A Happy Accident - The Joshua Tree
I Love the U2 Album - The Joshua Tree - Do U2? - The Mojo on the Mojave is about things that are located or happening in the Mojave Desert. Part of this story lies outside the Mojave's reaches but we will touch on the entire bus trip that the Irish rock band U2 took before they released the album that was destined to be called "The Joshua Tree". We will mainly focus on the portions of that trip that lie within the Mojave Desert.
Let's start with what we know for sure, in 1987 U2 released an album called "The Joshua Tree". Before the album was released they traveled from Reno to Joshua Tree with a few stops in between to take pictures. Later they would return to film videos in Los Angeles and Las Vegas after the album was released. More...
Desert Tortoise - The tortoise is able to live where ground temperatures may exceed 140 degrees F, because of its ability to dig underground burrows and to escape the heat. At least 95% of its life is spent in burrows. There, it is also protected from freezing while dormant, November through February or March.
The Sonoran desert tortoise is flat and pear-shaped, compared to the Western Mojave tortoise which is more of a butterball shape; they are usually active in spring. The Sonoran desert tortoise is more active in summer and seeks shade under large rocks and boulders. It is possible that northern and southern desert tortoises may one day be designated as different species or subspecies. More...
Dinosaur Fossils in the North American Deserts
Tracking Dinosaurs - Dinosaurs have a broad public and scientific appeal. They are portrayed as gigantic and fearsome beasts who ruled the Earth longer than any other land animals – about 150 million years – and then suddenly and dramatically disappeared.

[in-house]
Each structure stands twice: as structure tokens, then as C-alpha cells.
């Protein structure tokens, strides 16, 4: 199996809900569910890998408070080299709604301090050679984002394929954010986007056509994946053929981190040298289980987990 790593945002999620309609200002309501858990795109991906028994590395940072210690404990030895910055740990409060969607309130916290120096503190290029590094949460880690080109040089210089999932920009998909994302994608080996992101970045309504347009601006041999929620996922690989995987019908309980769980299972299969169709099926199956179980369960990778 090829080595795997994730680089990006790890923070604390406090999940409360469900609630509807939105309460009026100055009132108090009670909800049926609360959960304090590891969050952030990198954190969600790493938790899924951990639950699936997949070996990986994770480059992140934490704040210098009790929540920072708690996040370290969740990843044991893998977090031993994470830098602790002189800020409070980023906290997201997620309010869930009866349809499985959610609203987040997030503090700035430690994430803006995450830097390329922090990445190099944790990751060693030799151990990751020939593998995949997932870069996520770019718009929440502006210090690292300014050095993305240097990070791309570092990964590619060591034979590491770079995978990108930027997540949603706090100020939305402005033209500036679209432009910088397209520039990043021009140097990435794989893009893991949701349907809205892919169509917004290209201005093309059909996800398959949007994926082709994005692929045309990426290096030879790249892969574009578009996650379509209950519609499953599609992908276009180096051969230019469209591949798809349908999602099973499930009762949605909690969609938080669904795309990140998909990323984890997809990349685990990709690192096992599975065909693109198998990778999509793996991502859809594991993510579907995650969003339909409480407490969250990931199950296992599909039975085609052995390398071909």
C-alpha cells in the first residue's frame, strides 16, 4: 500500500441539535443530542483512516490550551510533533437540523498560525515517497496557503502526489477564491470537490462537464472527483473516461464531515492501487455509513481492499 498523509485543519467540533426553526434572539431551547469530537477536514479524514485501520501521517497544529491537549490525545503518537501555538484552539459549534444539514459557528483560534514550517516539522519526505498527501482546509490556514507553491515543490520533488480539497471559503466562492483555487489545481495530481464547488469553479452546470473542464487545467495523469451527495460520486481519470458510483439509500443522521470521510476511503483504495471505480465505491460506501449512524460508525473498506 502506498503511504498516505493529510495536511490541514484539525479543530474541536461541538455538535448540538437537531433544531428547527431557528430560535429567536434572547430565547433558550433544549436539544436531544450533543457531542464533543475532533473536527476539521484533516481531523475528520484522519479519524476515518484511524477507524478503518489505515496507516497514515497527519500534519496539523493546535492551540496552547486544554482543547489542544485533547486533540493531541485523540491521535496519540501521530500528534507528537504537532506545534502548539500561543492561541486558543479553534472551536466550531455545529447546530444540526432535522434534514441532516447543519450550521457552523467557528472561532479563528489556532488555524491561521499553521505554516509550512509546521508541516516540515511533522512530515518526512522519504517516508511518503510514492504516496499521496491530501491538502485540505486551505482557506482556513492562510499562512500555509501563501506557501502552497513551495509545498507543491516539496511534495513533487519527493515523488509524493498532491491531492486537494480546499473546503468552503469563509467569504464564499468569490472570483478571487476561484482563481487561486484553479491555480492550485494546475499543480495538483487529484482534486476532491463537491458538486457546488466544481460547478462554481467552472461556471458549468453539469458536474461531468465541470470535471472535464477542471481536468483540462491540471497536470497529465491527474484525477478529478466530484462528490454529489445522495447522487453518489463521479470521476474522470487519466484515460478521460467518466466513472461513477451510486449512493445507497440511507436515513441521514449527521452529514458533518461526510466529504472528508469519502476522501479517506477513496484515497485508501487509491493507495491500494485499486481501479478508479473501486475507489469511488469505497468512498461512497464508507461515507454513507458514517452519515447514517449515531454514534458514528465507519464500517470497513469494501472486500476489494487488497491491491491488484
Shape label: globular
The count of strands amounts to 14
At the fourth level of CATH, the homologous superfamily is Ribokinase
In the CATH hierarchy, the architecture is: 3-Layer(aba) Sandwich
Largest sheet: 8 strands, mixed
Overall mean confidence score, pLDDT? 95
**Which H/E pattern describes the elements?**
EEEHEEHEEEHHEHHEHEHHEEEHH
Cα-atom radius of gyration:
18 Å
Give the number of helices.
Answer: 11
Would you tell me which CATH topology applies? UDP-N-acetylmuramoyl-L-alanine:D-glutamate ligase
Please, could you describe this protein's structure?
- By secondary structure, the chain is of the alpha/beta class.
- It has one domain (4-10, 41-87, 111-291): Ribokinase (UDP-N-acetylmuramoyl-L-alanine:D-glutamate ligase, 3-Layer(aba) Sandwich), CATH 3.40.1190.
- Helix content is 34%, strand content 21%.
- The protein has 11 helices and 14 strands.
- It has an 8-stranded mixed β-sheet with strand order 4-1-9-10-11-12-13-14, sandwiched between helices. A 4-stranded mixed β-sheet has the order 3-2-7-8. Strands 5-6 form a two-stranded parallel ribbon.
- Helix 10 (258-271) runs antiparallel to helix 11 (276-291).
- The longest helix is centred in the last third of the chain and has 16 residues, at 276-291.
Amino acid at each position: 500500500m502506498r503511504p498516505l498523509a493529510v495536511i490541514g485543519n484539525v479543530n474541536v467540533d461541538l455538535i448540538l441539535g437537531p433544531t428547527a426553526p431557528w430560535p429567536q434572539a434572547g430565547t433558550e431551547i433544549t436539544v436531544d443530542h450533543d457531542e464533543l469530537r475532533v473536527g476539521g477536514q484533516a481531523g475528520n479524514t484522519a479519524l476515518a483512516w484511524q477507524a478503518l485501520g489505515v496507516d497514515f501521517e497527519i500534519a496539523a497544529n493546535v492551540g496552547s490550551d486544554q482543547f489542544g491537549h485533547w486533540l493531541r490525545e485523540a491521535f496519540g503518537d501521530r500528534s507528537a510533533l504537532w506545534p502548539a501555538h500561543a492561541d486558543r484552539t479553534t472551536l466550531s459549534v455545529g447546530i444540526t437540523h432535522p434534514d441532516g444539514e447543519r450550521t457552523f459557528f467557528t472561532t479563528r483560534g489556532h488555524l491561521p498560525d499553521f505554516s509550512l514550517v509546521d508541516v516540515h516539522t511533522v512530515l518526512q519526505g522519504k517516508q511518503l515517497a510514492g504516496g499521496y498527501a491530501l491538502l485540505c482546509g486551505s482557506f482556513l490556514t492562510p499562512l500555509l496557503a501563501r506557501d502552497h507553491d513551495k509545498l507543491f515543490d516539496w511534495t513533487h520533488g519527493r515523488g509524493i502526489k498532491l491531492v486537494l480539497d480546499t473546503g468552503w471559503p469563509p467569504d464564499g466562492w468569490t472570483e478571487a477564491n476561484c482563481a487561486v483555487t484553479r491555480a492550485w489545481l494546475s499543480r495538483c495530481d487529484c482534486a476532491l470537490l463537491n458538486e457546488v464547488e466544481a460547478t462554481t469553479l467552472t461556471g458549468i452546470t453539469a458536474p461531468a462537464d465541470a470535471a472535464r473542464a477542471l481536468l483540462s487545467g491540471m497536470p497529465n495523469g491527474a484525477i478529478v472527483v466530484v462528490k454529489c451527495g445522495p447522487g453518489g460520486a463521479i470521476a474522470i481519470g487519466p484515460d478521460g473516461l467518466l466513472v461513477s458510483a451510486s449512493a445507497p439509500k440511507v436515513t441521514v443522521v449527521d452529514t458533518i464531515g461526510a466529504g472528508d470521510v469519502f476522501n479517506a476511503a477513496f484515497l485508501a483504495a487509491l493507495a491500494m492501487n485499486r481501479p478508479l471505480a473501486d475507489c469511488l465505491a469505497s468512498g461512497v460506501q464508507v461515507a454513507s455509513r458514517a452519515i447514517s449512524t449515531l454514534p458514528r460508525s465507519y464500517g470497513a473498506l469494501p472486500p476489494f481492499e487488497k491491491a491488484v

In fact, the word "dinosaur" was originally coined by Richard Owen in 1842 to mean "fearfully-great lizard." Over time, the term became simplified to "terrible lizard," but dinosaurs were neither terrible nor were they lizards. Indeed, many were quite small, especially when they first appear in the fossil record of about 225 million years ago. More...
Fossils Hidden in Nodules
Finding Fossilized Insects in the Mojave - In 1985 some friends and I went on a desert camping trip to the old mining site of Borate which is located about 3.6 miles east of Calico Ghost Town, California.Our camp site was located on top of a high mound of greenish colored mine tailings. In these tailings I found a number of interesting and unusual rocks which appeared to be sedimentary in nature and symmetrical in shape. Abrading these rocks resulted in a petroleum-like odor.
Some years later, while going through some old issues of Desert Magazine, I
came across an article titled "Fossil Insects from the Mojave" by Ruth A. Kirkby in the January 1959 issue. The article indicated that these odd rocks were nodules from the "Barstow Formation" and were formed in the Miocene Epoch some 10 to 50 million years ago. The major significance of these rock nodules is the fact that they contain a very rare form of insect fossil. These fossilized insects are in the form of silica and are in a 3 dimensional state, often retaining wings, legs, antennae and colored markings. This type of insect fossil is found nowhere else in the world! More...
Featured Readers Blogs
DesertUSA is a comprehensive resource about the North American deserts and Southwest destinations. The desert is a wonderful place to enjoy the outdoors and to spend time in recreational activities. You can camp, hike, bike, fish or just explore this unique environment found only in the American Southwest. DesertUSA has information on national parks, state parks, BLM land, and the Colorado River and its lakes. We also have articles about the cities and towns located in or near the desert regions. Use DesertUSA.com as a resource to explore the many adventures that await you in the desert.